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Cops Clinch 14-6 Win Over Congress

The Guards' Harry Dunn celebrates as his team takes control of the Congressional Football Game for Charity. (Al Drago/CQ Roll Call)
The Guards' Harry Dunn celebrates as his team takes control of the Congressional Football Game for Charity. (Al Drago/CQ Roll Call)

The Capitol Police “Guards” notched a gritty 14-6 victory on Wednesday over the “Mean Machine” in the Congressional Football Game for Charity at Watkins Recreation Center on Capitol Hill.  

But members of Congress and their ex-NFL counterparts put up a competitive fight, led by quarterback Rep. Robert J. Dold, R-Ill., despite wet, windy and slippery conditions.

UNITED STATES - OCTOBER 28 - Captain Rep. Robert Dold, R-Ill., looks for an open man to pass the ball to during the eighth annual Congressional Football Game for Charity, on Capitol Hill in Washington, Wednesday, October 28, 2015. (Photo By Al Drago/CQ Roll Call)
Dold looks for an open man. (Al Drago/CQ Roll Call)

Just minutes after the 7:20 p.m. kickoff, “The Guards” intercepted a pass from Dold. Capitol Police drove the ball up the field and scored their first touchdown, to the delight of Chief Kim C. Dine, who joined the troops on the sidelines.  

Playing defense near the end zone, Rep. Bill Huizenga, heard a “pop.” The Michigan Republican hobbled to the medical tent, where medics bandaged his strained left calf. He later lamented the injury.  

“There’s going to be so many staff ‘I-told-you-so’s,'” Huizenga told HOH.  

Congress lit up the scoreboard minutes later. Dold threw a touchdown pass to a member of Rep. Carlos Curbelo’s staff, provoking cheers from the sparsely filled bleachers. They fell short on a two-point conversion and the 7-6 score lingered until the final minutes of the fourth quarter.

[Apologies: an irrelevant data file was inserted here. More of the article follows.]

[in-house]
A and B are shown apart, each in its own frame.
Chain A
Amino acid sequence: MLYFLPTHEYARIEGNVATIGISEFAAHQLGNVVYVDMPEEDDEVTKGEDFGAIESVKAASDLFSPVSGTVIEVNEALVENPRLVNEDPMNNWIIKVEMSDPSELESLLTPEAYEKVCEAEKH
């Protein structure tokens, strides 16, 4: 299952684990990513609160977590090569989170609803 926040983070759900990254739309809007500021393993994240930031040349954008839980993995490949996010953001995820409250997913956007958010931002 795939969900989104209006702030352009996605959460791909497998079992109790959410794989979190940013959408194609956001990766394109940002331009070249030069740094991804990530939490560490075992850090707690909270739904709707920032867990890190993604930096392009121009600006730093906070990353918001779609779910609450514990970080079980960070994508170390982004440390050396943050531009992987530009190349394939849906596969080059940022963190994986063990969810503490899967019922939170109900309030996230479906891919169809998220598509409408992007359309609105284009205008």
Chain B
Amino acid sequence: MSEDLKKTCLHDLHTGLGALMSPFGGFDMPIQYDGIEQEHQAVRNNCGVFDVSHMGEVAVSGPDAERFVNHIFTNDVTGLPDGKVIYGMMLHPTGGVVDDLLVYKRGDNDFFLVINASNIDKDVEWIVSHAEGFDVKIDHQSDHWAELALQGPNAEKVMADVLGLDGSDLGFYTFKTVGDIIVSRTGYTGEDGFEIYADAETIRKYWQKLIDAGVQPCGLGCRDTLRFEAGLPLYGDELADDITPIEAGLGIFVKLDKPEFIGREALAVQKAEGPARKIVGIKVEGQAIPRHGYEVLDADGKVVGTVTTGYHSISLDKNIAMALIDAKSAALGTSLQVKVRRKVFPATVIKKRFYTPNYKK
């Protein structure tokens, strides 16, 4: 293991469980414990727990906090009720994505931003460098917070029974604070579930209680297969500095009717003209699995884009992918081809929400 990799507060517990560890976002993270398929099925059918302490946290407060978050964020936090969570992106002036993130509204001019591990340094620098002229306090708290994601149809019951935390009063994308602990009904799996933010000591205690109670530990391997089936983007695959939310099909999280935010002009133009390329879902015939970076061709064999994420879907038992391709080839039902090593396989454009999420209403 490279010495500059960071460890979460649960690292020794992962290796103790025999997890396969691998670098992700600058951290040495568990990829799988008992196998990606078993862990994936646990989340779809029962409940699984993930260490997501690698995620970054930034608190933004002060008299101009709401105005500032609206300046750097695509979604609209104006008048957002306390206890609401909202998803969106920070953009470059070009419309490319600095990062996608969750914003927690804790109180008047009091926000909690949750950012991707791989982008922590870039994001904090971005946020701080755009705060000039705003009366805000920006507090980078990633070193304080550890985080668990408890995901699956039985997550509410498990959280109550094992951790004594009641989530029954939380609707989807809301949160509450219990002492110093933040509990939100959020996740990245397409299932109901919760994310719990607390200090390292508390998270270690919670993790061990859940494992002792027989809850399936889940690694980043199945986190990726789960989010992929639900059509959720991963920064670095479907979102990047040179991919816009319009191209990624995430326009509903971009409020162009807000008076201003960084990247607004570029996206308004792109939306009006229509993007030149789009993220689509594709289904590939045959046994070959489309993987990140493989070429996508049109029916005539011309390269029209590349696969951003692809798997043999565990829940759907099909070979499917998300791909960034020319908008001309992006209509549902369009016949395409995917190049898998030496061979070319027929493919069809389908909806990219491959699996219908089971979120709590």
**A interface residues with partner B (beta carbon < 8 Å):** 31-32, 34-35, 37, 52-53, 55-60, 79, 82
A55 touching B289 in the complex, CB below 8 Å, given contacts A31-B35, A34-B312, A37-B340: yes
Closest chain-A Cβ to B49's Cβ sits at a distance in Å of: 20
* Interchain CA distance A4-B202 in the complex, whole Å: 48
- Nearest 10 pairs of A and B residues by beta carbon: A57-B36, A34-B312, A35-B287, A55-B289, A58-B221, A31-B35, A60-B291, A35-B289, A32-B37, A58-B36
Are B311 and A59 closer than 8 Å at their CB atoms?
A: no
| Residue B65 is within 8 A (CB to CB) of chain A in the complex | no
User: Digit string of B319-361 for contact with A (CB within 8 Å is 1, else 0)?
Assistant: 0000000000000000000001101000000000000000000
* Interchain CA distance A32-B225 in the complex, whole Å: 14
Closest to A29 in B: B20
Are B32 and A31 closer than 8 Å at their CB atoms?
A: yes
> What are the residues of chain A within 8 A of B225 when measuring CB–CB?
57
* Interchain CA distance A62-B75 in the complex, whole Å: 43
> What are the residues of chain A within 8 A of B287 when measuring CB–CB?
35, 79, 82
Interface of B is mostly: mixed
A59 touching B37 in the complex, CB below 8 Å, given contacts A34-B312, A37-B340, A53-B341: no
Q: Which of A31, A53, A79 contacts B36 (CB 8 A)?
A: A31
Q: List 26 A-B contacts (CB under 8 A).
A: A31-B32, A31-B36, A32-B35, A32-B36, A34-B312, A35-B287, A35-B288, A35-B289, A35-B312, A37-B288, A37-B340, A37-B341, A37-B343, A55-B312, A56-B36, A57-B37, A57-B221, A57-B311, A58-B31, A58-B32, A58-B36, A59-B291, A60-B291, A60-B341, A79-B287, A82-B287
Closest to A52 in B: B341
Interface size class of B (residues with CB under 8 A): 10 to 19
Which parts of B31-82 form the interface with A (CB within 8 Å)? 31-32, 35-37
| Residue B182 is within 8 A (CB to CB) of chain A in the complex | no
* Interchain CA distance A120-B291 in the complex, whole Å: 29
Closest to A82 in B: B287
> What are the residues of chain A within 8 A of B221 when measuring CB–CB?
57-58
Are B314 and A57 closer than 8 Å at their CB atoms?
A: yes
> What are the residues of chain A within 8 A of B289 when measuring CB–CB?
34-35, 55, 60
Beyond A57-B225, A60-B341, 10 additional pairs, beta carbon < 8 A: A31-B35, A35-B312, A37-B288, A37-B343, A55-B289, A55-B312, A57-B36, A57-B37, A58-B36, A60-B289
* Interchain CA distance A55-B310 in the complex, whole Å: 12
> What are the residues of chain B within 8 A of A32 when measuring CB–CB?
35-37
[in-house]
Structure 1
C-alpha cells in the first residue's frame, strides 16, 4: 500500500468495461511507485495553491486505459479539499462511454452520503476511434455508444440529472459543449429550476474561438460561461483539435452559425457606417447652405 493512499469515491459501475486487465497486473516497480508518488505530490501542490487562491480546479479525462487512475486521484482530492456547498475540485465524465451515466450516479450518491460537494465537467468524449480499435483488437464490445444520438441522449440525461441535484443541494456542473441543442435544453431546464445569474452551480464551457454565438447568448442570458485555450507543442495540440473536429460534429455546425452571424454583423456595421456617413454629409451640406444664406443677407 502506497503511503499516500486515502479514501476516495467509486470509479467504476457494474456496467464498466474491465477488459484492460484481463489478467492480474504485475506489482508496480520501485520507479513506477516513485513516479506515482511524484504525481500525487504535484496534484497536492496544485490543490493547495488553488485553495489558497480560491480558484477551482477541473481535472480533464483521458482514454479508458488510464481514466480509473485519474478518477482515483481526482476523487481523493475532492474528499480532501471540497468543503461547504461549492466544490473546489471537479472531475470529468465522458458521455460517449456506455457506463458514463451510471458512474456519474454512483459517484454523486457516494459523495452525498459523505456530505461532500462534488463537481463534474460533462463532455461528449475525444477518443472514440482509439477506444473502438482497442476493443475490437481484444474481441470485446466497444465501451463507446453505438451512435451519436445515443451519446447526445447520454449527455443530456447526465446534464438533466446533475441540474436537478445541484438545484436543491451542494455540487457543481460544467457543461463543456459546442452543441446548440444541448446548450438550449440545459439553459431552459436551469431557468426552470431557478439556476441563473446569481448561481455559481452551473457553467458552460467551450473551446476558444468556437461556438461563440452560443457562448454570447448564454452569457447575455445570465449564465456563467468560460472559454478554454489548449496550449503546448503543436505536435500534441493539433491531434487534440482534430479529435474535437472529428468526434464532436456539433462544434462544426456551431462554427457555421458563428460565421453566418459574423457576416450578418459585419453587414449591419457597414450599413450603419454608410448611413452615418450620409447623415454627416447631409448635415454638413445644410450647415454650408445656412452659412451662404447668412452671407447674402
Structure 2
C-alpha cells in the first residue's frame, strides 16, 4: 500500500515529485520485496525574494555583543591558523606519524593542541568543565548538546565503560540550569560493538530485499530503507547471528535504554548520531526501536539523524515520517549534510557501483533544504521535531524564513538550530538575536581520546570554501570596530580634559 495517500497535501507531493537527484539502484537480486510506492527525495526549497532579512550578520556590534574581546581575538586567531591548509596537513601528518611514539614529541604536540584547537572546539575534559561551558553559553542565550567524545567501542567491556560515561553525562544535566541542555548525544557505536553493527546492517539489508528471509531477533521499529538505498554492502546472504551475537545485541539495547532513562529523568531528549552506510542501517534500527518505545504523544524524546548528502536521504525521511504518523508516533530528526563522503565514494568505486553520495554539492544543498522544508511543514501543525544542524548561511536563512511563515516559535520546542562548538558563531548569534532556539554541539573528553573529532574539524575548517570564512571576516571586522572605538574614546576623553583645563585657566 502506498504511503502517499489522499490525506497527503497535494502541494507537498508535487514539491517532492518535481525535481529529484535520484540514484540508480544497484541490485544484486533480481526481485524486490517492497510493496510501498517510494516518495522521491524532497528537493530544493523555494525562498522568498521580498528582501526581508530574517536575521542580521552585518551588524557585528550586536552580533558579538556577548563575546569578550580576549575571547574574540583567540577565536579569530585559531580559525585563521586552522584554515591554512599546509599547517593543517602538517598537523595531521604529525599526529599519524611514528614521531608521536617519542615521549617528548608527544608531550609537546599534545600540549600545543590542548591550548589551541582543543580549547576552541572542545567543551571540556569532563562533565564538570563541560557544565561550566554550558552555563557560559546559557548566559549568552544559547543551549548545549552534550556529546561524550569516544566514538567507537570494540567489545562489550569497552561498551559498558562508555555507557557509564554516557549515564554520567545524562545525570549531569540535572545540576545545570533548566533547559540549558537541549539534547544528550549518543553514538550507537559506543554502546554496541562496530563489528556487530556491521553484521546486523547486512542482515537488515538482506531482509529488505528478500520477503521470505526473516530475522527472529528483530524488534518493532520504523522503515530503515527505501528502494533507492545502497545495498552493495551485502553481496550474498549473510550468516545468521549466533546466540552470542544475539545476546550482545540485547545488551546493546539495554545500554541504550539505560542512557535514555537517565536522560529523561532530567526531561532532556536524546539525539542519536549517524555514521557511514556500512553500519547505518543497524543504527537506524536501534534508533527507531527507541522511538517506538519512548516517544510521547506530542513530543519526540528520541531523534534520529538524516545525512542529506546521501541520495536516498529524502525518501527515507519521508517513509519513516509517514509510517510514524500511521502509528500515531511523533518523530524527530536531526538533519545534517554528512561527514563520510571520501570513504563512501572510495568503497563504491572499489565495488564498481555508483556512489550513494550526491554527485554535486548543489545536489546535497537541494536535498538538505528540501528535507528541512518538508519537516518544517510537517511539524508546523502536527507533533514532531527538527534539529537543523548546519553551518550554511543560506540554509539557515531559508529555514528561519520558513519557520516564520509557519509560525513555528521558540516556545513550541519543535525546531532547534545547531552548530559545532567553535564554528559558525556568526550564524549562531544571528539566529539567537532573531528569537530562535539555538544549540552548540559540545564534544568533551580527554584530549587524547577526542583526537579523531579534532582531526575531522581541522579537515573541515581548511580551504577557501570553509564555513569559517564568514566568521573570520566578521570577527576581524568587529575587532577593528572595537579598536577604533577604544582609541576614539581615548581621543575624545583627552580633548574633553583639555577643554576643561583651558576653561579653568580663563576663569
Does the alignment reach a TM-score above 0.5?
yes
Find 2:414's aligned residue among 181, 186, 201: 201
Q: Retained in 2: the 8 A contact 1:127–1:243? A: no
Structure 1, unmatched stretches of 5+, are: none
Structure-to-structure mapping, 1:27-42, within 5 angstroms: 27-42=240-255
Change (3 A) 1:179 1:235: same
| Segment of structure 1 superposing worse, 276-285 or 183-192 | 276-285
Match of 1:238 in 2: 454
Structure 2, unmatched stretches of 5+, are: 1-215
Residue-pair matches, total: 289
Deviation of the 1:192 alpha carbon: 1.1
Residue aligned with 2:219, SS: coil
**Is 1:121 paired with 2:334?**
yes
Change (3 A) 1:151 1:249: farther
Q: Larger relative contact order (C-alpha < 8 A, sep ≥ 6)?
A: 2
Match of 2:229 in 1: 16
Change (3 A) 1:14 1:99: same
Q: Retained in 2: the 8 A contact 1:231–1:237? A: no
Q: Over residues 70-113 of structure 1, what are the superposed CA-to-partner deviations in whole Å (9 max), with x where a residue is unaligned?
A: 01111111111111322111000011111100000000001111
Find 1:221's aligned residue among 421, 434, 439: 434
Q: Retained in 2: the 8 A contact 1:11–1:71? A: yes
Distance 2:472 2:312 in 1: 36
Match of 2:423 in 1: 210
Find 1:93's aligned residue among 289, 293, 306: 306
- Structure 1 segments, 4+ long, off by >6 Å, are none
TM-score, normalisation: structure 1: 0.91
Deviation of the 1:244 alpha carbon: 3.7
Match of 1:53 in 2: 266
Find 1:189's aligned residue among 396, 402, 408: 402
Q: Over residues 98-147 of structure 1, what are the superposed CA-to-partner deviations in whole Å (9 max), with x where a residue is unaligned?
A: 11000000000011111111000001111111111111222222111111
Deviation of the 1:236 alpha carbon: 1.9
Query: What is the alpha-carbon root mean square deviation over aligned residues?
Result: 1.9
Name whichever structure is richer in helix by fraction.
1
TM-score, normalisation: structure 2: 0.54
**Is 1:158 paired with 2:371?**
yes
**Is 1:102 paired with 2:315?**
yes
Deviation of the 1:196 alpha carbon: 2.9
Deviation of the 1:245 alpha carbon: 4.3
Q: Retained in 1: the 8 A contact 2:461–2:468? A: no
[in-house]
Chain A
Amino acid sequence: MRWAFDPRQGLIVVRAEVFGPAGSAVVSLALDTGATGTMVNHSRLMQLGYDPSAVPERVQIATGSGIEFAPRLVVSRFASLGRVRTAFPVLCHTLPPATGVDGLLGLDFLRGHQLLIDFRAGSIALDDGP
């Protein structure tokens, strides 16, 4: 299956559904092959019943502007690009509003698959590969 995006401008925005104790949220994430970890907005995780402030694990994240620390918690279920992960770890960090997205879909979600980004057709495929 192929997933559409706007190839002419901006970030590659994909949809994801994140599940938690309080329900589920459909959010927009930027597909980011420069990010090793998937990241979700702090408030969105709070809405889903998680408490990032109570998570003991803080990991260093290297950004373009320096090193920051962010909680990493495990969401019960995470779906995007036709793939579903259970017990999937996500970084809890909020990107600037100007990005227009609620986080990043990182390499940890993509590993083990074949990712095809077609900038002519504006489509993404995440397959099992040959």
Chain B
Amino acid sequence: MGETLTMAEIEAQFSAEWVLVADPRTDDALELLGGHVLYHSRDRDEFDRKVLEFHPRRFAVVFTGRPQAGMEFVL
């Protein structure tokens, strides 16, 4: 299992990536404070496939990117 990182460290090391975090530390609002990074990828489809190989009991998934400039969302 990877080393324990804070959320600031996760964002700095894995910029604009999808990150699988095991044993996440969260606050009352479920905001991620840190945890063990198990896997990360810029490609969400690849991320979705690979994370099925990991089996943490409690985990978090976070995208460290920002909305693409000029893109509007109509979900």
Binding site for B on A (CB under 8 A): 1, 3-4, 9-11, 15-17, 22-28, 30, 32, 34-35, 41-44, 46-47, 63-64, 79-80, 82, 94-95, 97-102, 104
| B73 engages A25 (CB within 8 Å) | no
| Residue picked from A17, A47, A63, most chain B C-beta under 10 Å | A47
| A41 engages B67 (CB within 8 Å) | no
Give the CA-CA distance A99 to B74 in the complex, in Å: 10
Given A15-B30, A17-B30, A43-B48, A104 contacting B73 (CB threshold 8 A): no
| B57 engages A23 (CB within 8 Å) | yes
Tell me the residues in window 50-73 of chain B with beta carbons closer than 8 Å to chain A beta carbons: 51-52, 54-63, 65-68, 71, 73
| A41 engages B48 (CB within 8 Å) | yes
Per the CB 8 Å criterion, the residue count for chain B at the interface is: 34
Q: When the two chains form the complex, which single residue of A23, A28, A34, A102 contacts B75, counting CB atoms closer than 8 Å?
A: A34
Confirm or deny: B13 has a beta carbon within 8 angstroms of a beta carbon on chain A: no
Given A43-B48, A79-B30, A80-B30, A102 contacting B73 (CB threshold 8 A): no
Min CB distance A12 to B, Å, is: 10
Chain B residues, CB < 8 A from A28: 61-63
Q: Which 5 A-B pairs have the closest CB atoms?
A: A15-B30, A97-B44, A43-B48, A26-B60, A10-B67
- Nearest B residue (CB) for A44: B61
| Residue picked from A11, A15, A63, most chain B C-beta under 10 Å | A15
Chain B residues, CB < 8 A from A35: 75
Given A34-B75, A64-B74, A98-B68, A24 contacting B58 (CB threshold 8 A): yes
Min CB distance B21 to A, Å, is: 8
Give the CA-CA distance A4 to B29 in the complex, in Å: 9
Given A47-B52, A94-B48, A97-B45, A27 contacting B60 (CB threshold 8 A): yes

With the distraction of a rowdy GOP presidential debate , plus bad weather, turnout suffered. But supporters of co-captain Rep. Jeff Denham, R-Calif., including his French bulldog, Lily, brought plenty of enthusiasm.  

Reps. Tulsi Gabbard, D-Hawaii, and Kristi Noem, R-S.D., were on hand to encourage their colleagues. House Ethics Chairman Charlie Dent, R-Pa., paced the sidelines in a Philadelphia Eagles ball cap, offering moral support.  

Despite a “Mean Machine” march down the field, Dold’s cannon could not yield a second touchdown. Even the man rumored to have the best hands on the team, Rep. Joseph P. Kennedy III, D-Mass., couldn’t pull down the ball.  

When Capitol Police slow-walked to the line of scrimmage after taking possession, the congressional sidelines got rowdy. There were boos, jeers and taunts.  

“What are you afraid of, Guards? What are you afraid of?” Huizenga yelled.  

Referees gave a two-minute warning to both sides at 8:34 p.m. Seconds later, Capitol Police scored their second touchdown.  

“Scalise? Hey, we were fine until you got here,” Rep. Rodney Davis, R-Ill., greeted House Majority Whip Steve Scalise, R-La., who had just arrived in his dress slacks.  

The final upset for Congress came moments later. Capitol Police intercepted Dold’s pass in the end zone, then ran it back up the field for 25 yards.  

“The Guards” hoisted The Longest Yard trophy triumphantly at the end of the night. They named officer Reggie Tyson their MVP, while Dold got the congressional MVP nod.

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